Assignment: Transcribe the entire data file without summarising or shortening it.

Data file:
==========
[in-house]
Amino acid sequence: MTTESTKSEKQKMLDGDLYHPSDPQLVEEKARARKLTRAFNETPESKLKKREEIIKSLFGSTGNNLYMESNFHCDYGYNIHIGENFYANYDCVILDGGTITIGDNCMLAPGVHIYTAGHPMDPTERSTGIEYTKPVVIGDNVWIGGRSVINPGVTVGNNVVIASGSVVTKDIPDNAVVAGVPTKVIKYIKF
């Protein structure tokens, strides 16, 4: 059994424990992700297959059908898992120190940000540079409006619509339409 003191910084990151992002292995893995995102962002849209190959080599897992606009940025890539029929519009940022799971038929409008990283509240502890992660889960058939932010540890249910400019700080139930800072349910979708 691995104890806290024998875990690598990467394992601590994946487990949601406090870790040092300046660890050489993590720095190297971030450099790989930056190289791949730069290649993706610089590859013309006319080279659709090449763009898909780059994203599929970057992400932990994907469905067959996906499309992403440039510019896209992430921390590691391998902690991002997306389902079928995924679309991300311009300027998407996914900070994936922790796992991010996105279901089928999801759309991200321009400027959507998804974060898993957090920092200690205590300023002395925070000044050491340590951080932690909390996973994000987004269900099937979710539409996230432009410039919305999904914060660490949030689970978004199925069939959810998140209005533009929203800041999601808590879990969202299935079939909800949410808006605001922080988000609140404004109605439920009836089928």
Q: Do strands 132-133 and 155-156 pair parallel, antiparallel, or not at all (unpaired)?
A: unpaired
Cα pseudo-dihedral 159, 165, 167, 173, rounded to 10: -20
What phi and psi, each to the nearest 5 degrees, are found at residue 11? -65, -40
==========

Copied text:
[in-house]
Amino acid sequence: MTTESTKSEKQKMLDGDLYHPSDPQLVEEKARARKLTRAFNETPESKLKKREEIIKSLFGSTGNNLYMESNFHCDYGYNIHIGENFYANYDCVILDGGTITIGDNCMLAPGVHIYTAGHPMDPTERSTGIEYTKPVVIGDNVWIGGRSVINPGVTVGNNVVIASGSVVTKDIPDNAVVAGVPTKVIKYIKF
């Protein structure tokens, strides 16, 4: 059994424990992700297959059908898992120190940000540079409006619509339409 003191910084990151992002292995893995995102962002849209190959080599897992606009940025890539029929519009940022799971038929409008990283509240502890992660889960058939932010540890249910400019700080139930800072349910979708 691995104890806290024998875990690598990467394992601590994946487990949601406090870790040092300046660890050489993590720095190297971030450099790989930056190289791949730069290649993706610089590859013309006319080279659709090449763009898909780059994203599929970057992400932990994907469905067959996906499309992403440039510019896209992430921390590691391998902690991002997306389902079928995924679309991300311009300027998407996914900070994936922790796992991010996105279901089928999801759309991200321009400027959507998804974060898993957090920092200690205590300023002395925070000044050491340590951080932690909390996973994000987004269900099937979710539409996230432009410039919305999904914060660490949030689970978004199925069939959810998140209005533009929203800041999601808590879990969202299935079939909800949410808006605001922080988000609140404004109605439920009836089928």
Q: Do strands 132-133 and 155-156 pair parallel, antiparallel, or not at all (unpaired)?
A: unpaired
Cα pseudo-dihedral 159, 165, 167, 173, rounded to 10: -20
What phi and psi, each to the nearest 5 degrees, are found at residue 11? -65, -40